History of the Christmas Cracker

Red Christmas Cracker

The Christmas cracker is believed to have been invented by a baker, Tom Smith. He specialised in wedding cakes and his bakery was in Clerkenwell, London. Always looking for a new idea to help expand his business he would visit tradeshows.

Paris 1840

He had initially got his idea from a tradeshow in Paris in 1840. Were he discovered ‘bon bon’ sweets. An almond sweet wrapped up in paper, which was twisted. These became an extremely good seller for him in the run up to Christmas 1847. This was the start of the first Christmas cracker. After 1847 the sales dropped off. He had noticed that they were popular gifts and young men would purchase them to give to their sweethearts. So he got another idea from Chinese fortune cookies and started to include small pieces of paper with love mottos, inside the ‘bon bon’, as sells lifted again. The ‘bon bon’ developed even more and charms or trinkets were added into the sweet.

The Christmas Cracker Crackle

It is understood that he got the idea of the ‘crackle’ when he put a log onto a fire. His next step was to put the crackle into his ‘bon bon’. He discovered that if he took two thin strips of card and pasted small amounts of salt petre on them then when pulled apart they would crackle. Around 1860 the first ‘bang’ Christmas cracker was introduced. Originally called Cosaques, after the sound of Cossack whips but these quickly became known as a ‘crackers’. It took him sometime to get the amount of salt petre correct, for example it would either set his cardboard alight or create no noise.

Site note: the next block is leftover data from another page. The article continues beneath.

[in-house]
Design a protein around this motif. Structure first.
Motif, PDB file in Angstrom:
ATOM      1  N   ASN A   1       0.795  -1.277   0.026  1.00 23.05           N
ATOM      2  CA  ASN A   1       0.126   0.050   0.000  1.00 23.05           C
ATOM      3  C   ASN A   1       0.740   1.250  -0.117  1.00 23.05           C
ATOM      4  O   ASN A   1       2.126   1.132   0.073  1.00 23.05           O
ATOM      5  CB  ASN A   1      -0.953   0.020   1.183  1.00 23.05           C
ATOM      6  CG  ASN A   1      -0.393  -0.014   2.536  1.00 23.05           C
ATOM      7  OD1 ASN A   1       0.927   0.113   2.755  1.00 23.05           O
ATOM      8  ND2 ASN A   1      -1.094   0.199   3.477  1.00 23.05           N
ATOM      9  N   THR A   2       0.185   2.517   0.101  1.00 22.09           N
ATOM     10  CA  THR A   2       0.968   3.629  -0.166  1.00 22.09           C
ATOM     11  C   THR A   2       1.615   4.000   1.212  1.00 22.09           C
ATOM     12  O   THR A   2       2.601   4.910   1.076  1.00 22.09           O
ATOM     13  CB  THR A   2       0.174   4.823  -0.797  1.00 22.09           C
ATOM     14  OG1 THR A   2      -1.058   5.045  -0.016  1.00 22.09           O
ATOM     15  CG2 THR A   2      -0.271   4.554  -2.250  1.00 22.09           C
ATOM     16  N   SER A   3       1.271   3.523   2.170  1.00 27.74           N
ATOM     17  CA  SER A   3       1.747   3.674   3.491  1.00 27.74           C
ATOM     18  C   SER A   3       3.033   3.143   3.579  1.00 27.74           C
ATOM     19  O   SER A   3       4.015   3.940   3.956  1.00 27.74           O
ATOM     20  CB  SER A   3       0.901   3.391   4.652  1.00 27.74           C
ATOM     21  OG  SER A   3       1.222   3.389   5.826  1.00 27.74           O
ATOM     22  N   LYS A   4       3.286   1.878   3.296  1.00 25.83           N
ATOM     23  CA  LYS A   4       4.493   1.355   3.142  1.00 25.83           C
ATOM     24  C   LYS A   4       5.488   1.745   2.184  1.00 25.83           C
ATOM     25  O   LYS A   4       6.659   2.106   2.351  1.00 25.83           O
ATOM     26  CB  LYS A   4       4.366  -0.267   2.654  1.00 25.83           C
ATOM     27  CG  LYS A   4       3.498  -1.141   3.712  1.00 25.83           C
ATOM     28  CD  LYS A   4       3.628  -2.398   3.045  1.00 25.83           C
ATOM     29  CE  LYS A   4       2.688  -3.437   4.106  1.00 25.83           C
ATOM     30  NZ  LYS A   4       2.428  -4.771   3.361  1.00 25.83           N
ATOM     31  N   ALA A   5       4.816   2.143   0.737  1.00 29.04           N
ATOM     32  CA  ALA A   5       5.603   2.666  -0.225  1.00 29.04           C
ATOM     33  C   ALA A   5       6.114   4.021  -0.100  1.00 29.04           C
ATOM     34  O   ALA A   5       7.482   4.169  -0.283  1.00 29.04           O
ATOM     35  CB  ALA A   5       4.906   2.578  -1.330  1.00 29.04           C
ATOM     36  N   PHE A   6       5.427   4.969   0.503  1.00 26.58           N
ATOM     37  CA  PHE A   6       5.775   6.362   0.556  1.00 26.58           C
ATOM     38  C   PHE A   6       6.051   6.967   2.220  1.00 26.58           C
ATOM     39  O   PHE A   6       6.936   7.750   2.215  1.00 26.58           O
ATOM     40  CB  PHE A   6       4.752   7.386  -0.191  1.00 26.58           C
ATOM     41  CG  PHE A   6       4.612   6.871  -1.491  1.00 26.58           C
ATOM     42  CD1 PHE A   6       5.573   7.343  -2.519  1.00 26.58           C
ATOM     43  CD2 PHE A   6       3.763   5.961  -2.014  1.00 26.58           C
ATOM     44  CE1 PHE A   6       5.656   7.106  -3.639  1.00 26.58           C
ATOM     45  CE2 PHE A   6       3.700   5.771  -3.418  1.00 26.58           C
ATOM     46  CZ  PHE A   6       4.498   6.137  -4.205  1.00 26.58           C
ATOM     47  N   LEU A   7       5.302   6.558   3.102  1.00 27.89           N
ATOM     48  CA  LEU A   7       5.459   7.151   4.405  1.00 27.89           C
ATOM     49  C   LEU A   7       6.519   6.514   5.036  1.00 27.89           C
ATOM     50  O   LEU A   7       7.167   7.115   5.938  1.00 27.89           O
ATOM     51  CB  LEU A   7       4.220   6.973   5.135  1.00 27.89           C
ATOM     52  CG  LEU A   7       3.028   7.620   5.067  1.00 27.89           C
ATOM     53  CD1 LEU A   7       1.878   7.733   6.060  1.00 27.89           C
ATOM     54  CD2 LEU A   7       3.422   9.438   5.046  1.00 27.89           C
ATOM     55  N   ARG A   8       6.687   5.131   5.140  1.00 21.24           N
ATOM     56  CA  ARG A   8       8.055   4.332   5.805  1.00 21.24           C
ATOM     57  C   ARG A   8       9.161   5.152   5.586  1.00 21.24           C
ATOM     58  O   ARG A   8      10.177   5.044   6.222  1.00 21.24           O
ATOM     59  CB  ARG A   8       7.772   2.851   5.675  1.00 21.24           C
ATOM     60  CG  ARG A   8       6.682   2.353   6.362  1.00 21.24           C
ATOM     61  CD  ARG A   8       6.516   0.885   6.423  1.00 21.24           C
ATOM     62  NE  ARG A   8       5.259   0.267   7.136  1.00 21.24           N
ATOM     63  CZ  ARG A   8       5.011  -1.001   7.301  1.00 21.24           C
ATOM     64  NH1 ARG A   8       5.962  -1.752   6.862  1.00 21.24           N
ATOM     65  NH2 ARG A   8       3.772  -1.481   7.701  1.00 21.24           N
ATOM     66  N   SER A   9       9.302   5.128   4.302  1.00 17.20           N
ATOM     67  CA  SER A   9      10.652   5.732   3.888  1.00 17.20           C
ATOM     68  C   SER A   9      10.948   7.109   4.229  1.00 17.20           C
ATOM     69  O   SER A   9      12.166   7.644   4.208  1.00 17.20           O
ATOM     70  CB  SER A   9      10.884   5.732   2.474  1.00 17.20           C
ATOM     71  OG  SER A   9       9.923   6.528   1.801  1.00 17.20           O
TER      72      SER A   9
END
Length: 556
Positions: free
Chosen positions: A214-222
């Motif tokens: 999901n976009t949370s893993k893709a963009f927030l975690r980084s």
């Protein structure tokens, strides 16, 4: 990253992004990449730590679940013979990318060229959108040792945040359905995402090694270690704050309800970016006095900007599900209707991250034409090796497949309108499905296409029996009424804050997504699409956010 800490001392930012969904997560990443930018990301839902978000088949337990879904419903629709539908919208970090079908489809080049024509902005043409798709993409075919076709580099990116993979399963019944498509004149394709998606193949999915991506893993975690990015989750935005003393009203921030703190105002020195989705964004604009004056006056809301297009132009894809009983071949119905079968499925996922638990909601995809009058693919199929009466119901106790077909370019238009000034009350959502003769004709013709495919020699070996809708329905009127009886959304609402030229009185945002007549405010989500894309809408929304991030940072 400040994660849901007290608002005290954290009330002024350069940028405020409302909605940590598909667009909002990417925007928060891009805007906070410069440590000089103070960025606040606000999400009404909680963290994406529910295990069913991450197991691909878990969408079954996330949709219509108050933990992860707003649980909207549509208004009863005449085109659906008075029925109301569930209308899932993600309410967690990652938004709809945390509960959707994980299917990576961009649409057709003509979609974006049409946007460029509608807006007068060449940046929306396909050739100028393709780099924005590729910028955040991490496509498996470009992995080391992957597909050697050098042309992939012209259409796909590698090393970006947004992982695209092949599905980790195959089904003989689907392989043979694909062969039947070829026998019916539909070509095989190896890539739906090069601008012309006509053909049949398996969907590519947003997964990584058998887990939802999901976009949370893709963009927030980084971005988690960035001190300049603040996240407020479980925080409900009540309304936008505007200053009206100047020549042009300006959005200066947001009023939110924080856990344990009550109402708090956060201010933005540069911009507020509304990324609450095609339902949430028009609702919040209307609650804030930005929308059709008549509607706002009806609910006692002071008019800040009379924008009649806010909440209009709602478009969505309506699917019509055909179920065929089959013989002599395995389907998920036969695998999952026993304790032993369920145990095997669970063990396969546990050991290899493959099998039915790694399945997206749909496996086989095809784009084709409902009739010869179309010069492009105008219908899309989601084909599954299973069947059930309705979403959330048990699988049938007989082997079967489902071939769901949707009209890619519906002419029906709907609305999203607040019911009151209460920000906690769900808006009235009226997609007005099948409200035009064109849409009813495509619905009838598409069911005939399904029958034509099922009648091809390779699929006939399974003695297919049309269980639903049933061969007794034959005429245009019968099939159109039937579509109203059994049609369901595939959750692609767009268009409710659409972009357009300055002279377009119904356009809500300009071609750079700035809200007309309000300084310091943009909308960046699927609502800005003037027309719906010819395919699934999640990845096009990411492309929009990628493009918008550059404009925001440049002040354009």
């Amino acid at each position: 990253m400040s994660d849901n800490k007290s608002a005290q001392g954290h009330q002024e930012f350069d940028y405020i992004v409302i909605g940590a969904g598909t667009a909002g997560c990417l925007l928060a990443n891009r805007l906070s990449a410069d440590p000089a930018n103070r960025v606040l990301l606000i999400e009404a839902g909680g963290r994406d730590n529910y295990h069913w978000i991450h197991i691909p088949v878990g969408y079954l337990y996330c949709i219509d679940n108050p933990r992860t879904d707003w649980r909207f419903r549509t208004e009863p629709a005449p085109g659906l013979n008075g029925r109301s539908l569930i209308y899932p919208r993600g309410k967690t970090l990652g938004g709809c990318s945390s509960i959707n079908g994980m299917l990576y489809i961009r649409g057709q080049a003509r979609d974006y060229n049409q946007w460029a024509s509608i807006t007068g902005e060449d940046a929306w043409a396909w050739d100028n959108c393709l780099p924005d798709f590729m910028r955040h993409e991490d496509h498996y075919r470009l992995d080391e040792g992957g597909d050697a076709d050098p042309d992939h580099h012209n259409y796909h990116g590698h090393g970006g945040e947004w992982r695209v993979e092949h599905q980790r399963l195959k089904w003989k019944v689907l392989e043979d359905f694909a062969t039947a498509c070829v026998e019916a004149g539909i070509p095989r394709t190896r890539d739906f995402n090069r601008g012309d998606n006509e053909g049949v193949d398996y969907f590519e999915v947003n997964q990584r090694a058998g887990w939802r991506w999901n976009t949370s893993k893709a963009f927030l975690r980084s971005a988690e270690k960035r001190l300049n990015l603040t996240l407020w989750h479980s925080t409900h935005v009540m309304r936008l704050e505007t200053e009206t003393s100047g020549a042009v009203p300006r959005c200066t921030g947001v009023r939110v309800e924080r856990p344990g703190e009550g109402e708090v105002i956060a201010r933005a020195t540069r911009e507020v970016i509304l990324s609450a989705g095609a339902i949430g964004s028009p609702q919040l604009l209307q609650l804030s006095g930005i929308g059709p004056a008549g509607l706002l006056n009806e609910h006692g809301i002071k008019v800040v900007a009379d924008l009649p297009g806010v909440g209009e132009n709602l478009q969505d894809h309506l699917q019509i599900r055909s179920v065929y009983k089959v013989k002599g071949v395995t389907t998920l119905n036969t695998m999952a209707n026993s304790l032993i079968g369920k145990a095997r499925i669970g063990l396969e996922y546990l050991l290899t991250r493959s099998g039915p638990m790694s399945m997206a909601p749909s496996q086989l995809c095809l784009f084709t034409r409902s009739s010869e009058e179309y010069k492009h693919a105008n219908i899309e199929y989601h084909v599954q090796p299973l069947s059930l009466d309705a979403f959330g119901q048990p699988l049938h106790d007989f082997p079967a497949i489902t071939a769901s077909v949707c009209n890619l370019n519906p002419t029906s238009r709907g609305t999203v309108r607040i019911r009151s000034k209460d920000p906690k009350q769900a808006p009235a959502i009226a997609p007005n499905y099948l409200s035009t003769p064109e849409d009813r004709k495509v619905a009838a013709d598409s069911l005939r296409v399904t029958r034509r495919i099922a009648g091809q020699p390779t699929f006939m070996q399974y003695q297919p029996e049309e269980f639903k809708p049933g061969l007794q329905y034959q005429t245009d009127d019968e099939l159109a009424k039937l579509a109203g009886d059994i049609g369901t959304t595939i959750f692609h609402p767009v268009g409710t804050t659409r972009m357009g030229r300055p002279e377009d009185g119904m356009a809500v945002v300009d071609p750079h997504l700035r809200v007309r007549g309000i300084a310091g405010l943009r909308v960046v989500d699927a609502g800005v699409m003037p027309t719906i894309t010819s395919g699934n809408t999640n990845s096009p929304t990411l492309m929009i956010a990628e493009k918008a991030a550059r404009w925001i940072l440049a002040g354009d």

The paper wrapping was enlarged to cater for the cracker mechanism. The introduction of the paper hat, different designs and small gift, which replaced the sweet, were introduced by Tom’s son, Walter. By 1880 Tom Smith Company had produced over hundred designs and by 1900 over 13 million crackers. In the 1930’s foil wrappers were introduced and jewellery like glass pendants and bracelets were also introduced.

Be sure to read our article on theĀ Historical Items for the Christmas Table.